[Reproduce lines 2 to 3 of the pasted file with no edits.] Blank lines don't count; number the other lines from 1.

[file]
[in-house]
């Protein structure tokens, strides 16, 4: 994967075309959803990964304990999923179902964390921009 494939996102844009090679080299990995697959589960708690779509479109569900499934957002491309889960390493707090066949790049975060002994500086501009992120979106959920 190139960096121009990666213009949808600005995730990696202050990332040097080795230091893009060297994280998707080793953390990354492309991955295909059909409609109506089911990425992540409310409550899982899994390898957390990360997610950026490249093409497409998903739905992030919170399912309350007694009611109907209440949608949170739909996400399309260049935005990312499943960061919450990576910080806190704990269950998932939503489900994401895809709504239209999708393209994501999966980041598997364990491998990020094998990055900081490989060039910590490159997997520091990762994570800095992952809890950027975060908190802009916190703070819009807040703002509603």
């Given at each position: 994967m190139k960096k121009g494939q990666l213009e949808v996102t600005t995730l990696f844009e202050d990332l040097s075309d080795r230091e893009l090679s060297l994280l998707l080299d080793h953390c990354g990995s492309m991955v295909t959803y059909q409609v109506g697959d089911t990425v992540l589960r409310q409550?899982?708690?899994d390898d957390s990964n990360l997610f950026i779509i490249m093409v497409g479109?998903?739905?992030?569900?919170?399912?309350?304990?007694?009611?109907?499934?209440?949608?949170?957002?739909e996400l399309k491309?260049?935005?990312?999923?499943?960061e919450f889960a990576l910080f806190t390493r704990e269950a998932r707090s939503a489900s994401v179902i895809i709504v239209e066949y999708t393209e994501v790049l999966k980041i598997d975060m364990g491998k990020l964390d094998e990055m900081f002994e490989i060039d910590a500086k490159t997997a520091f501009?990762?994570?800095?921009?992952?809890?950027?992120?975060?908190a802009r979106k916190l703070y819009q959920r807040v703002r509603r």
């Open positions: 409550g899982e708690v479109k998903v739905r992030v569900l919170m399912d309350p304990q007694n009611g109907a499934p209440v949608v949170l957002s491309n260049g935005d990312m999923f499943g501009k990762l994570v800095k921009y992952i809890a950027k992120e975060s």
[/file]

């Protein structure tokens, strides 16, 4: 994967075309959803990964304990999923179902964390921009 494939996102844009090679080299990995697959589960708690779509479109569900499934957002491309889960390493707090066949790049975060002994500086501009992120979106959920 190139960096121009990666213009949808600005995730990696202050990332040097080795230091893009060297994280998707080793953390990354492309991955295909059909409609109506089911990425992540409310409550899982899994390898957390990360997610950026490249093409497409998903739905992030919170399912309350007694009611109907209440949608949170739909996400399309260049935005990312499943960061919450990576910080806190704990269950998932939503489900994401895809709504239209999708393209994501999966980041598997364990491998990020094998990055900081490989060039910590490159997997520091990762994570800095992952809890950027975060908190802009916190703070819009807040703002509603």
């Given at each position: 994967m190139k960096k121009g494939q990666l213009e949808v996102t600005t995730l990696f844009e202050d990332l040097s075309d080795r230091e893009l090679s060297l994280l998707l080299d080793h953390c990354g990995s492309m991955v295909t959803y059909q409609v109506g697959d089911t990425v992540l589960r409310q409550?899982?708690?899994d390898d957390s990964n990360l997610f950026i779509i490249m093409v497409g479109?998903?739905?992030?569900?919170?399912?309350?304990?007694?009611?109907?499934?209440?949608?949170?957002?739909e996400l399309k491309?260049?935005?990312?999923?499943?960061e919450f889960a990576l910080f806190t390493r704990e269950a998932r707090s939503a489900s994401v179902i895809i709504v239209e066949y999708t393209e994501v790049l999966k980041i598997d975060m364990g491998k990020l964390d094998e990055m900081f002994e490989i060039d910590a500086k490159t997997a520091f501009?990762?994570?800095?921009?992952?809890?950027?992120?975060?908190a802009r979106k916190l703070y819009q959920r807040v703002r509603r």